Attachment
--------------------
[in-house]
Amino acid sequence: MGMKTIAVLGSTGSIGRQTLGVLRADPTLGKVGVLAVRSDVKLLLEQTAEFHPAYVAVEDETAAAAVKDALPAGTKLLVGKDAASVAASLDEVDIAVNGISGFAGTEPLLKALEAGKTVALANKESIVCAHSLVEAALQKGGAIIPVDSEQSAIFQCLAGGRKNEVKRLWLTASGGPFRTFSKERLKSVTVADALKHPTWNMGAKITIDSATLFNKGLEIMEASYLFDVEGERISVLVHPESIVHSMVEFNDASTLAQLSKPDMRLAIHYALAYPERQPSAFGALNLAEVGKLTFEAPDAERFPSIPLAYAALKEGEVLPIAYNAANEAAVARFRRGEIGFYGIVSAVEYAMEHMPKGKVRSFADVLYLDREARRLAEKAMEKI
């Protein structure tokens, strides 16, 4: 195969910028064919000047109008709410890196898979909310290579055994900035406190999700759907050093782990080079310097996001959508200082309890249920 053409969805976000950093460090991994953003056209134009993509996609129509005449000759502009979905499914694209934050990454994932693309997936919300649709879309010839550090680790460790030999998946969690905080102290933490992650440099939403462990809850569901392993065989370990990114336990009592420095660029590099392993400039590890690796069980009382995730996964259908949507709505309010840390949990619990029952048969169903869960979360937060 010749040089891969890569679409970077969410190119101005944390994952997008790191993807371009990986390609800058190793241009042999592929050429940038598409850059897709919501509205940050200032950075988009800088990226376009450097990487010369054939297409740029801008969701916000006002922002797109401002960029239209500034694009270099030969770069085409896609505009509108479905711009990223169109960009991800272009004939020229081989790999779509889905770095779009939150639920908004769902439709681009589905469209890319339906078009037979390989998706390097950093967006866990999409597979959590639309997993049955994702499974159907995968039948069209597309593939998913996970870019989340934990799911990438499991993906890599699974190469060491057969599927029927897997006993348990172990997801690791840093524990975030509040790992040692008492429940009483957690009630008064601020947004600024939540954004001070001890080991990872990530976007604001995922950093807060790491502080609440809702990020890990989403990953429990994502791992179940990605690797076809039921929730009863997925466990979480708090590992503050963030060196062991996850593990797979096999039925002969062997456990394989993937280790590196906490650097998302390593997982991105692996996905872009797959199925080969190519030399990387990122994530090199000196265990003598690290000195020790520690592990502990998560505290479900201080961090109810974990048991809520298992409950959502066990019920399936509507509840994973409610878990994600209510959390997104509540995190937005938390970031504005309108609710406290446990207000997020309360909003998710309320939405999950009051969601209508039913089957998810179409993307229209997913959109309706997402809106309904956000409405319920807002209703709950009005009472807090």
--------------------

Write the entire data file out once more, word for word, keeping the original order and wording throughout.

[in-house]
Amino acid sequence: MGMKTIAVLGSTGSIGRQTLGVLRADPTLGKVGVLAVRSDVKLLLEQTAEFHPAYVAVEDETAAAAVKDALPAGTKLLVGKDAASVAASLDEVDIAVNGISGFAGTEPLLKALEAGKTVALANKESIVCAHSLVEAALQKGGAIIPVDSEQSAIFQCLAGGRKNEVKRLWLTASGGPFRTFSKERLKSVTVADALKHPTWNMGAKITIDSATLFNKGLEIMEASYLFDVEGERISVLVHPESIVHSMVEFNDASTLAQLSKPDMRLAIHYALAYPERQPSAFGALNLAEVGKLTFEAPDAERFPSIPLAYAALKEGEVLPIAYNAANEAAVARFRRGEIGFYGIVSAVEYAMEHMPKGKVRSFADVLYLDREARRLAEKAMEKI
């Protein structure tokens, strides 16, 4: 195969910028064919000047109008709410890196898979909310290579055994900035406190999700759907050093782990080079310097996001959508200082309890249920 053409969805976000950093460090991994953003056209134009993509996609129509005449000759502009979905499914694209934050990454994932693309997936919300649709879309010839550090680790460790030999998946969690905080102290933490992650440099939403462990809850569901392993065989370990990114336990009592420095660029590099392993400039590890690796069980009382995730996964259908949507709505309010840390949990619990029952048969169903869960979360937060 010749040089891969890569679409970077969410190119101005944390994952997008790191993807371009990986390609800058190793241009042999592929050429940038598409850059897709919501509205940050200032950075988009800088990226376009450097990487010369054939297409740029801008969701916000006002922002797109401002960029239209500034694009270099030969770069085409896609505009509108479905711009990223169109960009991800272009004939020229081989790999779509889905770095779009939150639920908004769902439709681009589905469209890319339906078009037979390989998706390097950093967006866990999409597979959590639309997993049955994702499974159907995968039948069209597309593939998913996970870019989340934990799911990438499991993906890599699974190469060491057969599927029927897997006993348990172990997801690791840093524990975030509040790992040692008492429940009483957690009630008064601020947004600024939540954004001070001890080991990872990530976007604001995922950093807060790491502080609440809702990020890990989403990953429990994502791992179940990605690797076809039921929730009863997925466990979480708090590992503050963030060196062991996850593990797979096999039925002969062997456990394989993937280790590196906490650097998302390593997982991105692996996905872009797959199925080969190519030399990387990122994530090199000196265990003598690290000195020790520690592990502990998560505290479900201080961090109810974990048991809520298992409950959502066990019920399936509507509840994973409610878990994600209510959390997104509540995190937005938390970031504005309108609710406290446990207000997020309360909003998710309320939405999950009051969601209508039913089957998810179409993307229209997913959109309706997402809106309904956000409405319920807002209703709950009005009472807090």